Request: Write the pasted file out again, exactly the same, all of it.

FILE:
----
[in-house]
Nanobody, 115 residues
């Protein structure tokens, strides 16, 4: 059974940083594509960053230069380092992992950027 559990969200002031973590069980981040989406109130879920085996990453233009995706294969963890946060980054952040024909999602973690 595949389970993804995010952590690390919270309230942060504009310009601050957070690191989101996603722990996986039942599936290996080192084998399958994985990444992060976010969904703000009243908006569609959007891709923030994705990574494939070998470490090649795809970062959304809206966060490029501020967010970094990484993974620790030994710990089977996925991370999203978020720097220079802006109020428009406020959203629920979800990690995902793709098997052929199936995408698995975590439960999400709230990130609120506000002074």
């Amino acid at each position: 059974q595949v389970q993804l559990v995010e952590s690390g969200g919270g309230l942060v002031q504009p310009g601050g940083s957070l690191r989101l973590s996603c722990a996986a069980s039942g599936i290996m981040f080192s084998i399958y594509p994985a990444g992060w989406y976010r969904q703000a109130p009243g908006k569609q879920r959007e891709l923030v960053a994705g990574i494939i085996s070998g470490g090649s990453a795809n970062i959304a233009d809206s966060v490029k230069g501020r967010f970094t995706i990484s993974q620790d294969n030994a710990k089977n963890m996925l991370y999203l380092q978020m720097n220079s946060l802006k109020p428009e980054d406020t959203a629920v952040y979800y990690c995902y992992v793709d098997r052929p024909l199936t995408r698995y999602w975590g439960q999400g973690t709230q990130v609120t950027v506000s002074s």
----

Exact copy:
[in-house]
Nanobody, 115 residues
């Protein structure tokens, strides 16, 4: 059974940083594509960053230069380092992992950027 559990969200002031973590069980981040989406109130879920085996990453233009995706294969963890946060980054952040024909999602973690 595949389970993804995010952590690390919270309230942060504009310009601050957070690191989101996603722990996986039942599936290996080192084998399958994985990444992060976010969904703000009243908006569609959007891709923030994705990574494939070998470490090649795809970062959304809206966060490029501020967010970094990484993974620790030994710990089977996925991370999203978020720097220079802006109020428009406020959203629920979800990690995902793709098997052929199936995408698995975590439960999400709230990130609120506000002074």
């Amino acid at each position: 059974q595949v389970q993804l559990v995010e952590s690390g969200g919270g309230l942060v002031q504009p310009g601050g940083s957070l690191r989101l973590s996603c722990a996986a069980s039942g599936i290996m981040f080192s084998i399958y594509p994985a990444g992060w989406y976010r969904q703000a109130p009243g908006k569609q879920r959007e891709l923030v960053a994705g990574i494939i085996s070998g470490g090649s990453a795809n970062i959304a233009d809206s966060v490029k230069g501020r967010f970094t995706i990484s993974q620790d294969n030994a710990k089977n963890m996925l991370y999203l380092q978020m720097n220079s946060l802006k109020p428009e980054d406020t959203a629920v952040y979800y990690c995902y992992v793709d098997r052929p024909l199936t995408r698995y999602w975590g439960q999400g973690t709230q990130v609120t950027v506000s002074s």